A dishevelled man sat on a beach, listening to the ripple, splash and draw of the ocean as it licked the sand.
He’d been shipwrecked.
However, the man’s faith in God was strong.
As the morning sun began to shorten the man’s shadow, a dark, lithe man paddled into view. Amazingly, this man spoke English.
He called out to the dishevelled man, ‘Do you need help? Jump into my canoe and come eat at our tribe’s wedding celebration tonight.’
The dishevelled man smiled. Raising a hand to the side of his mouth, he called back, ”No it’s ok, God will save me.’
The paddling man nodded and continued on his way.
A little later, as the sun reached its zenith and the man was dipping his toes in the water, a speedboat came into view. A woman in the boat saw the dishevelled man and started whacking the fella driving the boat, and gesticulating. Together, they brought the boat closer to shore.
‘Need a lift?’ the young fella yelled out over the water.
The dishevelled man shook his head. ‘No, it’s ok! God will save me!’
The pair in the boat were nonplussed. They stared at the dishevelled man a moment, then shrugged and continued on their way.
Later that day, a cruise ship came past the desert island. A passenger saw the dishevelled man trying to drink the sea water, and soon a crowd appeared at the railing. A small boat was deployed and the captain of the ship went out to the island.
“Hoy there!’ bellowed the captain as his mate paddled them within cooee. ‘Come with us! There’s a storm brewing of such intensity that this island will likely be drowned, and you with it!’
The dishevelled man smiled serenely. “Thank you but it’s ok, God will save me.’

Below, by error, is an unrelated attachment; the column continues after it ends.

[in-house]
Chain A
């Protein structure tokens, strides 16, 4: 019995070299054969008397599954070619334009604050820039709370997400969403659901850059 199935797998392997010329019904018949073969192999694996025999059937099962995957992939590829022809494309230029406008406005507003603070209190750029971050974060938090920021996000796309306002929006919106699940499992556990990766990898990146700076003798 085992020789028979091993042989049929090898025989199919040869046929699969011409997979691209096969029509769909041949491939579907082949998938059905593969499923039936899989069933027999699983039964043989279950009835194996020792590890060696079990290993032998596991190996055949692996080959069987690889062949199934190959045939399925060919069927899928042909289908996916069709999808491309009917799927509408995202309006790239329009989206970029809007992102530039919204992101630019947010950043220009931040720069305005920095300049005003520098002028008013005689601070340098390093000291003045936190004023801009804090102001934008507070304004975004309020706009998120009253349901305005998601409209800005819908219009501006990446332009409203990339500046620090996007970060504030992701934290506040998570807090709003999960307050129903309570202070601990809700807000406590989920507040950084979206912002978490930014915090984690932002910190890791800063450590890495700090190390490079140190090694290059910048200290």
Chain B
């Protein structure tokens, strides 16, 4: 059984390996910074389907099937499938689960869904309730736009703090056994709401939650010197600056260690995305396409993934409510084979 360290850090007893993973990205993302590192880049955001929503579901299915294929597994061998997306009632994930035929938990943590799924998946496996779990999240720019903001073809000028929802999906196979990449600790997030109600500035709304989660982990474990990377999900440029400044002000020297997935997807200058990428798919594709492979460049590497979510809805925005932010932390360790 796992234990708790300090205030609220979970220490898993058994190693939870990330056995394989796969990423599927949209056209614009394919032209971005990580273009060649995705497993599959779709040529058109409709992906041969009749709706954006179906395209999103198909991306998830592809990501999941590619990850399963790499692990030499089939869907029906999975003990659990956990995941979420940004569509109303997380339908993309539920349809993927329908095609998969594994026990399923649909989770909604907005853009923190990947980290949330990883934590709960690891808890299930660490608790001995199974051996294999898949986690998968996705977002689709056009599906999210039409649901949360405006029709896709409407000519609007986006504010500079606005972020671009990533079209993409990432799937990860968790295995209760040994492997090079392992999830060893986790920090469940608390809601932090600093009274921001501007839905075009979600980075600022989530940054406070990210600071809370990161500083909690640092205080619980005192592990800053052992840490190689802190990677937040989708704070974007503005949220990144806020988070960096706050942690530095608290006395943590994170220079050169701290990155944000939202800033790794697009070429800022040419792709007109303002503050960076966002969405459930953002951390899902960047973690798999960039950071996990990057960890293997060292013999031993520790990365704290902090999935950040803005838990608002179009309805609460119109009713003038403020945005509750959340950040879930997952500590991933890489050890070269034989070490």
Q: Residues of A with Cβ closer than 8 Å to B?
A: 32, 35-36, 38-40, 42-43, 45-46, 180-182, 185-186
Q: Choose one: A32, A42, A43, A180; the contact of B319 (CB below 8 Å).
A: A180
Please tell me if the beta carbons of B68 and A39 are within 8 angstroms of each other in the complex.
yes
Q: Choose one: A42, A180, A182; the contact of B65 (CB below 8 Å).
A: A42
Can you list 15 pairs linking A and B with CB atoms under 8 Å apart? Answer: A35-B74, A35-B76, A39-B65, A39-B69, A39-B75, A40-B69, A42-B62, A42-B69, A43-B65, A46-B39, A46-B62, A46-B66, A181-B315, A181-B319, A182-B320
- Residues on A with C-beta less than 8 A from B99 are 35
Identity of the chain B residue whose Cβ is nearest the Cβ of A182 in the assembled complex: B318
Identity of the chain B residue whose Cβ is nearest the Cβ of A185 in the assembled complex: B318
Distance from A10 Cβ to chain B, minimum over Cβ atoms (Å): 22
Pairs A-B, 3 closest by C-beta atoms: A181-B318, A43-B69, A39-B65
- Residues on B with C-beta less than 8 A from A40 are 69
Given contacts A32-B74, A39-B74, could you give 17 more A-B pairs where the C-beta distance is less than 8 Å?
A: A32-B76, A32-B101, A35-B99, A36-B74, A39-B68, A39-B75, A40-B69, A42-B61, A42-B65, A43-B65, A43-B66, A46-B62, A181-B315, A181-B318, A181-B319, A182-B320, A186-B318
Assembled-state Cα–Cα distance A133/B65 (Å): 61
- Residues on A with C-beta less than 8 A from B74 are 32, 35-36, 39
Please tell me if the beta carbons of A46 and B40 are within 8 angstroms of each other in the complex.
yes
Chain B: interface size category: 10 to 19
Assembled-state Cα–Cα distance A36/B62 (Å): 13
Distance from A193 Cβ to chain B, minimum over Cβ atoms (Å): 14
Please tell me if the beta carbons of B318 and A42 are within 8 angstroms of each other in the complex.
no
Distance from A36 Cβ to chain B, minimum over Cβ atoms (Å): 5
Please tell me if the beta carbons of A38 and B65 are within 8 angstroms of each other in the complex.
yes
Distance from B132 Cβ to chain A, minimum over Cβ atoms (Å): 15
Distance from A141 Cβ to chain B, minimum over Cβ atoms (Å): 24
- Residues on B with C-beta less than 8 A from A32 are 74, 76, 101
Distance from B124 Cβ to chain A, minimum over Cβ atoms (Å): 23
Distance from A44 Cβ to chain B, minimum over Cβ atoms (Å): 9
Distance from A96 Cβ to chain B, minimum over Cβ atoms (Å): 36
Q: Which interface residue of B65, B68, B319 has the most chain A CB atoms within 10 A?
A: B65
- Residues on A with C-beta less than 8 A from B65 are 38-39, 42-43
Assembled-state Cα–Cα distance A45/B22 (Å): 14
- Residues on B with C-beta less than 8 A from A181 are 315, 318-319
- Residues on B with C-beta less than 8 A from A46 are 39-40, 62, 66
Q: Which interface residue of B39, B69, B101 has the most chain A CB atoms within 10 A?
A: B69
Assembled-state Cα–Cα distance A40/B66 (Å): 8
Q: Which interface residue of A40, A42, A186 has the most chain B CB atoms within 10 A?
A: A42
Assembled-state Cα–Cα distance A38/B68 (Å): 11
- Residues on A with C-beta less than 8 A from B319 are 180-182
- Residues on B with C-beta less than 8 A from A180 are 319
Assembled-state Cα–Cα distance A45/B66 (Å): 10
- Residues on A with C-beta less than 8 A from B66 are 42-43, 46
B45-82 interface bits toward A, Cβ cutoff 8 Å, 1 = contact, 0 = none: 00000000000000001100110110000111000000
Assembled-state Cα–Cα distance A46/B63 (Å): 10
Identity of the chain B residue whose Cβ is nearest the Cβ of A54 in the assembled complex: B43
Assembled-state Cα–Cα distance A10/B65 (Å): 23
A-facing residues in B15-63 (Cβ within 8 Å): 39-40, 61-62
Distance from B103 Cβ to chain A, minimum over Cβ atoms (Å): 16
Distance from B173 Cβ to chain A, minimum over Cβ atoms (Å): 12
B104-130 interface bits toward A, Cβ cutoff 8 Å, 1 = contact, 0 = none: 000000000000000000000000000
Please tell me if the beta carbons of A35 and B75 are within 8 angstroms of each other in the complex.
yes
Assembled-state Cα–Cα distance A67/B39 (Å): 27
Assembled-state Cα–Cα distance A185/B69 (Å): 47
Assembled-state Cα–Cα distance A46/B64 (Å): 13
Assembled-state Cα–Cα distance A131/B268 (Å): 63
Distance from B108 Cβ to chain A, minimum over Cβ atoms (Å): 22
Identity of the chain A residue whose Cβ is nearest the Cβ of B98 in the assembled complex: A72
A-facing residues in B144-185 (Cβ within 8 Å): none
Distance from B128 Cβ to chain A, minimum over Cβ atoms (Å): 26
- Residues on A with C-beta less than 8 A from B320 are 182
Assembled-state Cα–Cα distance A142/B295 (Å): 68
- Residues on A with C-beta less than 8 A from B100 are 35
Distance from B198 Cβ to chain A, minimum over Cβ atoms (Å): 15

El Capitan persisted. ‘Don’t fark about, man, you clearly need help.’
The dishevelled man waved the concern away. ‘That’s nice of you but seriously it’s ok. God will save me.’
The captain looked doubtful. ‘Well you’d be better off with a shower and a good meal wouldn’t you think? I can give you free passage and both of those things.’
But the man shook his head and walked away, leaving the captain to go back to his ship.
Soon the cruise ship was out of sight.
True to the captain’s word, a fierce storm blew up just before dusk.
The wind howled. The trees snapped. The sea raged. And the dishevelled man was sucked into the roiling ocean, tumbled against the rocks whereupon he hit his head, sank to the bottom, and drowned.
The next thing he knew he was standing at the feet of the almighty.
The man by this point was quite p!ssed off.
‘God! He raged. ‘Why didn’t you come and save me?’
God laughed. ‘What are you talking about? I sent three boats to get you, and you ignored every one!’
The moral of this story, in case somehow you haven’t had your coffee yet today and you’re a bit clueless, is that God helps those who help themselves.
Assistance comes to you in all kinds of forms. Rarely does it come to you in the shape that you expect.
In fact, the Australian seer and author Ly de Angeles describes expectation as one of the seven faces of Mulengro. She writes, “Mulengro is the name of an entity that is like an alien barb; one that has become an out-of-control arrow that pierces generation upon generation with its poison.” It keeps people locked into unhelpful patterns, because people are its host. The others, in case you’re wondering, are deceit, assumption, greed, envy, guilt, and denial.
Anyway, my point is that if you’re working on a content project and you’re expecting some magical thing to happen — like a recalcitrant boss suddenly to come to the party; or a clueless photographer to turn his images in on time — then it likely won’t happen.
If instead you are open to the idea of all possibility, then when you’re emailed a discount code for Shutterstock you’ll take it.
Or you’ll notice that I’m giving you the opportunity to join my amazing monthly masterclasses, to help you help yourself, for the insanely low $60/month.
All you have to do to reserve your seat is reply right now to tell me you want in.
Leticia “I’m not God but I look like her” Mooney